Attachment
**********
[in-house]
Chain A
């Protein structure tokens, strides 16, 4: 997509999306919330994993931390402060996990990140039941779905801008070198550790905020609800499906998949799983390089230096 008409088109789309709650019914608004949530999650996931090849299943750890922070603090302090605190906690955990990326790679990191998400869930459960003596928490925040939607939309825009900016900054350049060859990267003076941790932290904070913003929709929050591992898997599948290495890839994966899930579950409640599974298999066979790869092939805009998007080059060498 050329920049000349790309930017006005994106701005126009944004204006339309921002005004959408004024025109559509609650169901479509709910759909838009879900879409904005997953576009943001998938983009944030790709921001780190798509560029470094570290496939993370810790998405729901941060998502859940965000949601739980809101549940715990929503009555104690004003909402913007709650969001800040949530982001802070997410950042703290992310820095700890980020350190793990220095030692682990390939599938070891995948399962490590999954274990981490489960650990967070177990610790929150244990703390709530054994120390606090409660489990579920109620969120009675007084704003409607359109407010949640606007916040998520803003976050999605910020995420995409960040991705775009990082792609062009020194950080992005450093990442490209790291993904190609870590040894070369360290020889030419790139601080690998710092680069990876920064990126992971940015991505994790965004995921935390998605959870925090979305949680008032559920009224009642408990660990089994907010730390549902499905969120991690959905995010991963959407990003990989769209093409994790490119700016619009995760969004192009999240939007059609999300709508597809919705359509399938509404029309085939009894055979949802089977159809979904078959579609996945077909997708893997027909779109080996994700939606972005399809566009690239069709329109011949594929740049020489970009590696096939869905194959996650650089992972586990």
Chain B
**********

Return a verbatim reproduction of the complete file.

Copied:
[in-house]
Chain A
């Protein structure tokens, strides 16, 4: 997509999306919330994993931390402060996990990140039941779905801008070198550790905020609800499906998949799983390089230096 008409088109789309709650019914608004949530999650996931090849299943750890922070603090302090605190906690955990990326790679990191998400869930459960003596928490925040939607939309825009900016900054350049060859990267003076941790932290904070913003929709929050591992898997599948290495890839994966899930579950409640599974298999066979790869092939805009998007080059060498 050329920049000349790309930017006005994106701005126009944004204006339309921002005004959408004024025109559509609650169901479509709910759909838009879900879409904005997953576009943001998938983009944030790709921001780190798509560029470094570290496939993370810790998405729901941060998502859940965000949601739980809101549940715990929503009555104690004003909402913007709650969001800040949530982001802070997410950042703290992310820095700890980020350190793990220095030692682990390939599938070891995948399962490590999954274990981490489960650990967070177990610790929150244990703390709530054994120390606090409660489990579920109620969120009675007084704003409607359109407010949640606007916040998520803003976050999605910020995420995409960040991705775009990082792609062009020194950080992005450093990442490209790291993904190609870590040894070369360290020889030419790139601080690998710092680069990876920064990126992971940015991505994790965004995921935390998605959870925090979305949680008032559920009224009642408990660990089994907010730390549902499905969120991690959905995010991963959407990003990989769209093409994790490119700016619009995760969004192009999240939007059609999300709508597809919705359509399938509404029309085939009894055979949802089977159809979904078959579609996945077909997708893997027909779109080996994700939606972005399809566009690239069709329109011949594929740049020489970009590696096939869905194959996650650089992972586990």
Chain B